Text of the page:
Why gamification is less about points and badges, and more about psychology


Yu-Kai Chou

Gamification has become another buzzword of late, but what is it exactly? And are companies effectively harnessing it in the workplace? In a recent conversation with gamification expert Yu-Kai Chou, he shares that there are still a lot of misconceptions about the field, and because of this, companies are either still skeptical about gamification’s business benefits, or they aren’t using it effectively.

Engagement benefits of gamification.

So, what is gamification exactly? Chou explains: “Gamification is essentially taking the motivating, fun aspects of games and applying it to something useful, like education, training, health care, or product design.”

He says that it’s more complex than merely playing games on the company’s dime, but instead is a way to make work fun. If a game is successful, it can be an extremely powerful tool for educating employees on the job, or encouraging their competitive spirit to achieve organizational goals.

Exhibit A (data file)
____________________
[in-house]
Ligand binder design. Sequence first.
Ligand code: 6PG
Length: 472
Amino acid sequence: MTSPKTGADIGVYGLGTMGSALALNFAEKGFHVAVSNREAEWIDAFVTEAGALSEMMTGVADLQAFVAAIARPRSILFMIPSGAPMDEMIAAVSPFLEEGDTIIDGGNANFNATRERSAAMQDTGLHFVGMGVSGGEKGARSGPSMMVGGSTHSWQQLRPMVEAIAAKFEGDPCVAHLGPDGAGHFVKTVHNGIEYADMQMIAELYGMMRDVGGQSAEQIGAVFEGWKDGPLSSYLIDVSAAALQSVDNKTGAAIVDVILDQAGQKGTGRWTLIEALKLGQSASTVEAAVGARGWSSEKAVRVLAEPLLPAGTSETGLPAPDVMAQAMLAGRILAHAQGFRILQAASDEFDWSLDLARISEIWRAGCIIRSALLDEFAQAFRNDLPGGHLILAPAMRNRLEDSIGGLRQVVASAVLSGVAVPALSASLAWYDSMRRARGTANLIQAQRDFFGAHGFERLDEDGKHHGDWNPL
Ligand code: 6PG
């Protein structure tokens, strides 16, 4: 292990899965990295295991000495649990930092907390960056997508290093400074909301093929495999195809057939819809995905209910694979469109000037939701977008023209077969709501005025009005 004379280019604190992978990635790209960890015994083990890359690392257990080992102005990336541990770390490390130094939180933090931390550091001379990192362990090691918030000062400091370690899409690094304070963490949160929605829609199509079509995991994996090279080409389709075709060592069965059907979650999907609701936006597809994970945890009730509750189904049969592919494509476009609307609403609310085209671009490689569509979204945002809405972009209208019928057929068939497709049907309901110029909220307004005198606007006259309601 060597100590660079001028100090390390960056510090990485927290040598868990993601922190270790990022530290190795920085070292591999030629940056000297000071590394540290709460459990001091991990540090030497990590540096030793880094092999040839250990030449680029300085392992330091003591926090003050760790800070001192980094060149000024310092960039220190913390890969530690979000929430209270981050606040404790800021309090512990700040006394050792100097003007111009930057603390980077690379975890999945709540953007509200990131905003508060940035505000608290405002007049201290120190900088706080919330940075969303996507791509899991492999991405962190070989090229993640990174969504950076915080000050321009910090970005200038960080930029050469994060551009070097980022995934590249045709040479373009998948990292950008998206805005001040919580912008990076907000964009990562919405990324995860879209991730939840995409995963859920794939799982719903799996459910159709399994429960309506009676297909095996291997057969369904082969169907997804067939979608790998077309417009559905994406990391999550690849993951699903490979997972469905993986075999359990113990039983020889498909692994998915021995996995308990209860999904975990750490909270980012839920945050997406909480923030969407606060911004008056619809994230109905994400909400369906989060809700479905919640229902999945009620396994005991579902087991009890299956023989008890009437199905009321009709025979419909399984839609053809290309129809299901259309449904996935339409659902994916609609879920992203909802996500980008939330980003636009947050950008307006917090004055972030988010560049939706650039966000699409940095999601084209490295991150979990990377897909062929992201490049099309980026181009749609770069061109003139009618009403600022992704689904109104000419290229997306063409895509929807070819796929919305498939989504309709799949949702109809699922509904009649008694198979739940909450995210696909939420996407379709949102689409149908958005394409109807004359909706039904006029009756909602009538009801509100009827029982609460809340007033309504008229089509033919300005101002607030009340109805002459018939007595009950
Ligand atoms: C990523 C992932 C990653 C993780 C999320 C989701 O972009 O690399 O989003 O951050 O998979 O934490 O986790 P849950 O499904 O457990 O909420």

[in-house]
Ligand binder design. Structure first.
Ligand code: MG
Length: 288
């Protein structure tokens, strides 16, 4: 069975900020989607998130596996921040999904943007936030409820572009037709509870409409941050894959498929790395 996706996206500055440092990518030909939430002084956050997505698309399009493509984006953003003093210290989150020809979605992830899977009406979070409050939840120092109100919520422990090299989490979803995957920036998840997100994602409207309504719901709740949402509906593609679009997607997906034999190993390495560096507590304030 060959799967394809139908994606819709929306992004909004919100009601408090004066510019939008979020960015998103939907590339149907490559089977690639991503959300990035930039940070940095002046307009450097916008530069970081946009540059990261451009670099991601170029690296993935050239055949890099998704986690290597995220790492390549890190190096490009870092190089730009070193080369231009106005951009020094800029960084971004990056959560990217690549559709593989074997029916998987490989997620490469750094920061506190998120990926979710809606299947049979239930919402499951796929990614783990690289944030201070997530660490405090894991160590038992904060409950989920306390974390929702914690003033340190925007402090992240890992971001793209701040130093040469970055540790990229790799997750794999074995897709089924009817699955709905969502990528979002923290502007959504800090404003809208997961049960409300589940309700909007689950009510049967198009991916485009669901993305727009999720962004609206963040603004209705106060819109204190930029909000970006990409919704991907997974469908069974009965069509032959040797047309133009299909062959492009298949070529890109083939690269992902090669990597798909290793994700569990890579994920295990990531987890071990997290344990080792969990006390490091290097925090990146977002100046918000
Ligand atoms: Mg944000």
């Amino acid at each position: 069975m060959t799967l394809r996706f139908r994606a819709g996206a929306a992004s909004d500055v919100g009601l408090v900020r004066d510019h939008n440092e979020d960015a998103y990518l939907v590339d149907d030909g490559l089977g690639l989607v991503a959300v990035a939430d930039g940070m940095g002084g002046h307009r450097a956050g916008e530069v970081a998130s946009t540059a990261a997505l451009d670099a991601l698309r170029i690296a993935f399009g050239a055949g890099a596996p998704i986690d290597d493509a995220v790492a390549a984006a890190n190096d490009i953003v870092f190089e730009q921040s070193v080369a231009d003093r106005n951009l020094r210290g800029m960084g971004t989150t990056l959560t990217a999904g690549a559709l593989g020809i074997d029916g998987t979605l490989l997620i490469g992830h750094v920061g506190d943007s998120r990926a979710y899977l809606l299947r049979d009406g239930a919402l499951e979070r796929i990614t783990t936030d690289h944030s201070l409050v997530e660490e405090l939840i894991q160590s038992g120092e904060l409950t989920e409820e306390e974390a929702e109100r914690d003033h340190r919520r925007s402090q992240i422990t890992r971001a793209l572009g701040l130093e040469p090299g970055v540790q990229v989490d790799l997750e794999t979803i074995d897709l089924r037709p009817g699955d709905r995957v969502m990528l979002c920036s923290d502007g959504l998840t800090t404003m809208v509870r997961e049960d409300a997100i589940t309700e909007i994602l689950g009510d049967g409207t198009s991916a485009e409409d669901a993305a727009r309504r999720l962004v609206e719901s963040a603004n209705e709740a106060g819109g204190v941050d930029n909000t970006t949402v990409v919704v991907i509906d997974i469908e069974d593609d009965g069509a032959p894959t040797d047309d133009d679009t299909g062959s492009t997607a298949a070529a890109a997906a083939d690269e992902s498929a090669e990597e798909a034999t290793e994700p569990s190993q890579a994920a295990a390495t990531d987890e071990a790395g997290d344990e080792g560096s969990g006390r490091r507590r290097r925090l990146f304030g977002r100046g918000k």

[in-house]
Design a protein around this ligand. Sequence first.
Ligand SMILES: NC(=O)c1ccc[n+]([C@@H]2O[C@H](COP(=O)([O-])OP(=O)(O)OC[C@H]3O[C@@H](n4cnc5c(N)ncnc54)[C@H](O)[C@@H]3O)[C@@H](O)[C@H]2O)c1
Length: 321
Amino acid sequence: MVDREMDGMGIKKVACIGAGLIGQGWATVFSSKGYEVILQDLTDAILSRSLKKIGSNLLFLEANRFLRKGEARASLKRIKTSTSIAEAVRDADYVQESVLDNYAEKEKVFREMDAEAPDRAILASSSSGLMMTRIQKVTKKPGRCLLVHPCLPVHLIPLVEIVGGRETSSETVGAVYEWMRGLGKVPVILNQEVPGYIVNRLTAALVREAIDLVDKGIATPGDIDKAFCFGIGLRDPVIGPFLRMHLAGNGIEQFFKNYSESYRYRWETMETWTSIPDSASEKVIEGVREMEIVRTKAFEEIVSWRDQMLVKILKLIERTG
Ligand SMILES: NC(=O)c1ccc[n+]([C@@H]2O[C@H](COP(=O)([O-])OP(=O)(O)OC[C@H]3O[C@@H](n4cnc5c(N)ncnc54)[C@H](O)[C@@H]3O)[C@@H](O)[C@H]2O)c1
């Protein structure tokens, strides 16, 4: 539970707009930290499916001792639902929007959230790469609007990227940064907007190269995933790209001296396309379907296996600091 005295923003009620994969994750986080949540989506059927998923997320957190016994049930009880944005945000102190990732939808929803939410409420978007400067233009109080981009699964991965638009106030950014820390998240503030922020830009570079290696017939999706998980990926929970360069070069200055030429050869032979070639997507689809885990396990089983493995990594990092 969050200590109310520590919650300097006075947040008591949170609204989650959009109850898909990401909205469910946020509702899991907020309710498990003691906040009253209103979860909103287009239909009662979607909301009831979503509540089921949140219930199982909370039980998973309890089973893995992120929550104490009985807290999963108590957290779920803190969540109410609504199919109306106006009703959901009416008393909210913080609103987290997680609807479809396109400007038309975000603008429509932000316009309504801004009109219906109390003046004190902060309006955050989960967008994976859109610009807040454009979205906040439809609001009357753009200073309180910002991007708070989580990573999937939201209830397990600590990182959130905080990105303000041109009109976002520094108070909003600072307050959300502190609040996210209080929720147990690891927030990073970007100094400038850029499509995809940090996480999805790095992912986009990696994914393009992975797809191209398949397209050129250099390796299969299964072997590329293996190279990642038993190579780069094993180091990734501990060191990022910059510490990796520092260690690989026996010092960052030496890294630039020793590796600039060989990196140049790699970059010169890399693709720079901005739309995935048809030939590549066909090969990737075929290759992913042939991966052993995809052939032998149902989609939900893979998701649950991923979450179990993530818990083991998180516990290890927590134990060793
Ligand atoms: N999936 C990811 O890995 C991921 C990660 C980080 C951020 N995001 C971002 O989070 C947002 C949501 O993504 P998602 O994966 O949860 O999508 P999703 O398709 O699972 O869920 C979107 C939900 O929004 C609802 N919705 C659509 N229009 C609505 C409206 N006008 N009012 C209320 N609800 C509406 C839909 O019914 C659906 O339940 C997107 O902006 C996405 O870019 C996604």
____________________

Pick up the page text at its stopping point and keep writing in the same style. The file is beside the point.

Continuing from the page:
“If you can create an environment where people not only take the desired actions, but they also do it joyfully…it will always be useful,” Chou shares.

Gamification requires an understanding of behavioral analysis and psychology.

Another misconception companies have, Chou shares, is that they can simply apply game elements—like points or badges—to a program and call it “gamification.” Instead, it requires a deeper understanding of human motivation.

“It’s not the visuals,” he says. “It’s really how [games] appeal to our core psychology.”

This is what Chou’s gamification framework, Octalysis, captures. The framework identifies eight core drives of engagement, which are essential for gamification success. By understanding what makes a game “fun,” companies can create long-term engagement.

Watch our interview below to learn more about the psychology behind gamification. 


One Response to “Why gamification is less about points and badges, and more about psychology”

  1. Gail Pickard, ABC

    Great interview. Interesting stuff. Yu-Kai mentioned a page/list of case studies that we can refer to when discussing gamification with decision makers – is that available somewhere?